European aspen with high compared to low constitutive tannin defenses grow taller in response to anthropogenic nitrogen enrichment
Forest Ecology and Management 2021, 487, 118985
Bandau F, Albrectsen BA, Robinson KM, Gundale MJ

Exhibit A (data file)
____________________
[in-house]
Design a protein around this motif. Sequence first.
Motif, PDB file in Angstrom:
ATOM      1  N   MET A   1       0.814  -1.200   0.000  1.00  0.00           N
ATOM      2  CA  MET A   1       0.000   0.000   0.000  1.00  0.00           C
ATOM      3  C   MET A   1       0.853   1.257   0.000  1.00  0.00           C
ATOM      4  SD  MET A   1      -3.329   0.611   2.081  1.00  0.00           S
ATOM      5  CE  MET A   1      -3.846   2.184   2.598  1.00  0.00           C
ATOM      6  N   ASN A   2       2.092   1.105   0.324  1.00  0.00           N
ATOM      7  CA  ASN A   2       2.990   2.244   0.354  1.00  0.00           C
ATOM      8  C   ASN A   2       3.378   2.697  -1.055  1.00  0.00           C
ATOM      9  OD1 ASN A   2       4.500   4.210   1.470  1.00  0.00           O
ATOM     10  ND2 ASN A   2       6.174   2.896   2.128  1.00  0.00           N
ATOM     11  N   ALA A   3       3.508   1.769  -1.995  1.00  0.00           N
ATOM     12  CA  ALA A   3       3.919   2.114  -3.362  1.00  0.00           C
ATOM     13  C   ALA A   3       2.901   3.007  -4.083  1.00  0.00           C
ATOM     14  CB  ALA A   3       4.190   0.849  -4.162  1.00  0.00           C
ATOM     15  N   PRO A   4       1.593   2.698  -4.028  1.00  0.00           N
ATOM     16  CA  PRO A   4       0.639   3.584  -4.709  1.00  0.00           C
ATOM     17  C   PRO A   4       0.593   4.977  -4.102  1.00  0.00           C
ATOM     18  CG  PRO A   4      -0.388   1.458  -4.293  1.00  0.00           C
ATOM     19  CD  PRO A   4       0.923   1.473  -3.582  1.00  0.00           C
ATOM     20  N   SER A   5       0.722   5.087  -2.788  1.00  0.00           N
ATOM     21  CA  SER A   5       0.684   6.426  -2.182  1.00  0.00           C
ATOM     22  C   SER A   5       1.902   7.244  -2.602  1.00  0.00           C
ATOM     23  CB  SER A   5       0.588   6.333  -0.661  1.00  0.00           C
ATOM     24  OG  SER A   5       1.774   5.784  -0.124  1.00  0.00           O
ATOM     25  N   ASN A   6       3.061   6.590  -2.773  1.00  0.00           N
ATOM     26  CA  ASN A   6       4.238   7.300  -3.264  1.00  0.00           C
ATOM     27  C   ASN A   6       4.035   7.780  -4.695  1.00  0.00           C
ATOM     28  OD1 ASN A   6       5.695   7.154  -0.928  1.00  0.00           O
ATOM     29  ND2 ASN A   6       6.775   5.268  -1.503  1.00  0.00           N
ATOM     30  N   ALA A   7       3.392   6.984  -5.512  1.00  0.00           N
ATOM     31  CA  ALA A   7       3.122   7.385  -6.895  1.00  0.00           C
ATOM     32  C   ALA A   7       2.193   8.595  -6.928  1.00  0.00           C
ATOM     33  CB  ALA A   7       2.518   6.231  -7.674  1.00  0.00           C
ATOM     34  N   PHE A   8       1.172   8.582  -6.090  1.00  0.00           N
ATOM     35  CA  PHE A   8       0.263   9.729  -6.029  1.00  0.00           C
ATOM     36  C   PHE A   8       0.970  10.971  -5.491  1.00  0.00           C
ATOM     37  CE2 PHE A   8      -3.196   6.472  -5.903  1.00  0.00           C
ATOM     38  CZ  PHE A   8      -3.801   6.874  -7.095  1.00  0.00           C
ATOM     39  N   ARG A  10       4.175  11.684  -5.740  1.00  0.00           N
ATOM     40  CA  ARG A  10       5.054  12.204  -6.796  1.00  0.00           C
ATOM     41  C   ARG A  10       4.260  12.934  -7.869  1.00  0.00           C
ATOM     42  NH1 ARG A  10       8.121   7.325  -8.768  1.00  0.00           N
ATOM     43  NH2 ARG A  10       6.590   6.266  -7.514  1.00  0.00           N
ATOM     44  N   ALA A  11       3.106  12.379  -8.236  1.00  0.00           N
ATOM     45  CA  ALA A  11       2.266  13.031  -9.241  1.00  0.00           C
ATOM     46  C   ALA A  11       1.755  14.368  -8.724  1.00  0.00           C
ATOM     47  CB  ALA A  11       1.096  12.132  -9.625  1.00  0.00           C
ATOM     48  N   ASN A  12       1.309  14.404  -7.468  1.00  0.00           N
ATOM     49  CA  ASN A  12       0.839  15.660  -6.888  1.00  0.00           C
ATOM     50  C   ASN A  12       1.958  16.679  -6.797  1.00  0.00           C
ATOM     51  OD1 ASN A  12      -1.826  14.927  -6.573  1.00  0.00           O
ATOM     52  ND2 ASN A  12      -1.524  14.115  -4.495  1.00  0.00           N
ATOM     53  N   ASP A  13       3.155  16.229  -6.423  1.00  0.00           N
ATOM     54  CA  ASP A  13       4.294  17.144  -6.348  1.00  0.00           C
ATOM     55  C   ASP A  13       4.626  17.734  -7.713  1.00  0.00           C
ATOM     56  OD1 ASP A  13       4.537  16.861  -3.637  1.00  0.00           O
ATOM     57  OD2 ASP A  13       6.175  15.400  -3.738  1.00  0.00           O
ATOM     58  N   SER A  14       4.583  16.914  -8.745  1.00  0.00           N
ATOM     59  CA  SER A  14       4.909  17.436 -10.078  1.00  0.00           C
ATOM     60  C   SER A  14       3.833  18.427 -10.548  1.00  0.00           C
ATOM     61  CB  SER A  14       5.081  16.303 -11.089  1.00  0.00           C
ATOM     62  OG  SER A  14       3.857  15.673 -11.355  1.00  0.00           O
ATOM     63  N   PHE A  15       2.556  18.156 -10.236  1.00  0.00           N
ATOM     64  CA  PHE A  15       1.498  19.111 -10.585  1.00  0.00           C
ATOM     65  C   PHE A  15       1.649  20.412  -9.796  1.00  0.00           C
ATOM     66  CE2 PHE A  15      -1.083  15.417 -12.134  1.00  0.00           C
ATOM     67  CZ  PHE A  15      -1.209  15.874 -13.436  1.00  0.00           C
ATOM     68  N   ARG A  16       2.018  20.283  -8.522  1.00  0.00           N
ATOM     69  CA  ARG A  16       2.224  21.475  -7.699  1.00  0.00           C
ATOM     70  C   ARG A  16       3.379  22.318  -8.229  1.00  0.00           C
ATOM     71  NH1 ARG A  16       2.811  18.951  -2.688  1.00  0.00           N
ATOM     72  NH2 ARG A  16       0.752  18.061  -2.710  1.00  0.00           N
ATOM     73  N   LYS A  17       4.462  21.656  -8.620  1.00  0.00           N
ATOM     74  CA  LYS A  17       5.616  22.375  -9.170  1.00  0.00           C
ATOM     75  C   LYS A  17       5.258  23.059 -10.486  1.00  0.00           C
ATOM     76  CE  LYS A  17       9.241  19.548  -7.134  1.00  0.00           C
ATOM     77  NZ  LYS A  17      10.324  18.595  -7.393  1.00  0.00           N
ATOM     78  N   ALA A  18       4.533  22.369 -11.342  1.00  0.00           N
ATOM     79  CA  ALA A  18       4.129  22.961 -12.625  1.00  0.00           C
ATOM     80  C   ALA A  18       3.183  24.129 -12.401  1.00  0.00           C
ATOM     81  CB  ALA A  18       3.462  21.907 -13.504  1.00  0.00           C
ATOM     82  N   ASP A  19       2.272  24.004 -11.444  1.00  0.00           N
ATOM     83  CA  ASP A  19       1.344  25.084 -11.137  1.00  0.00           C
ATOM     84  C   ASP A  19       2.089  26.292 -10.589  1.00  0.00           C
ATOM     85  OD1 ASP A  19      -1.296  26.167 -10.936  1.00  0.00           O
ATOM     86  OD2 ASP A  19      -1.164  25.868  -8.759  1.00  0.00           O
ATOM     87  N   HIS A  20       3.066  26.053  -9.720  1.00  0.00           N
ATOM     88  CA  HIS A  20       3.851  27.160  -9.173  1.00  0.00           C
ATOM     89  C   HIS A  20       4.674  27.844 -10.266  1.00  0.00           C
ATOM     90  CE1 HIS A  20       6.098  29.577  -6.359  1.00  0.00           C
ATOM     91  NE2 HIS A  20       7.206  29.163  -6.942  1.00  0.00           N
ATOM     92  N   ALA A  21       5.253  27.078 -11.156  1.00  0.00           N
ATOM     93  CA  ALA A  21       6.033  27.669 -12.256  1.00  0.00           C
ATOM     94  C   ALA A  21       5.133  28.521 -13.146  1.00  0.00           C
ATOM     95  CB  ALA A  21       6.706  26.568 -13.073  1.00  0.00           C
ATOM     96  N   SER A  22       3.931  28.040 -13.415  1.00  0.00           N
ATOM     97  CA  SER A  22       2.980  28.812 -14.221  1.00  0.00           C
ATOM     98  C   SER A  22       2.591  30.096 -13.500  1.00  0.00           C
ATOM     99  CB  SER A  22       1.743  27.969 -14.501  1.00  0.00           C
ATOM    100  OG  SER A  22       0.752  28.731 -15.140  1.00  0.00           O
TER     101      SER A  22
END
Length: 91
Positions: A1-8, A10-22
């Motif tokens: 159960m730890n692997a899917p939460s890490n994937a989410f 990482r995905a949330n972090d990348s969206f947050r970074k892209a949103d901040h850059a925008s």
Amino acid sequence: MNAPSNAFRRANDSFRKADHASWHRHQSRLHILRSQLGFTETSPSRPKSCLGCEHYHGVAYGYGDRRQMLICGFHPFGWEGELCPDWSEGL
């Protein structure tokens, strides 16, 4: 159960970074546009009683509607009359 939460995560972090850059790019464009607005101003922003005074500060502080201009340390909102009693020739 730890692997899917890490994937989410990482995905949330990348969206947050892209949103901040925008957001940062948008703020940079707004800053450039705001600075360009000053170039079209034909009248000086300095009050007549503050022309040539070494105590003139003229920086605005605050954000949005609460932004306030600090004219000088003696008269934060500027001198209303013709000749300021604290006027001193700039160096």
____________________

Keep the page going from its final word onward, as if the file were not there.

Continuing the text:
Boreal forests receive nitrogen-(N)-enrichment via atmospheric deposition and industrial fertilization. While it is known that N-enrichment can intensify interactions with natural antagonists, it remains poorly understood how genetic variability in plant defense chemistry can affect biotic interactions and height growth in N-enriched environments. We grew replicates of five low- and high-tannin Populus tremula genotypes, respectively, under three N-treatments (ambient, 15, and 150 kg N ha−1 yr−1). We assessed shoot blight occurrence (i.e. symptoms caused by Venturia fungi) during four growing seasons, and tree height growth during the same period. Damage by Venturia spp. increased with N-addition during all years, likely due to enhanced foliar quality. Low–tannin plants showed higher incidences of Venturia infection than high-tannin plants, regardless of the N-input-level. Height responded to an N-by-tannin-group interaction, which occurred because high-tannin plants grew taller than low-tannin plants at the high N-treatment, but not under the other N-levels. This pattern indicates that innate resource investment into tannin production yields a positive effect on growth under N-enriched conditions. Given that N-deposition is increasing globally, our research suggests that further studies are needed to investigate how N-enrichment interacts with plant defense traits globally. Moreover, our research suggests that N-deposition may provide an advantage for well-defended, high-tannin plants; and further, that genetic diversity in plant defense may be a key mechanism by which plant populations respond to this change.

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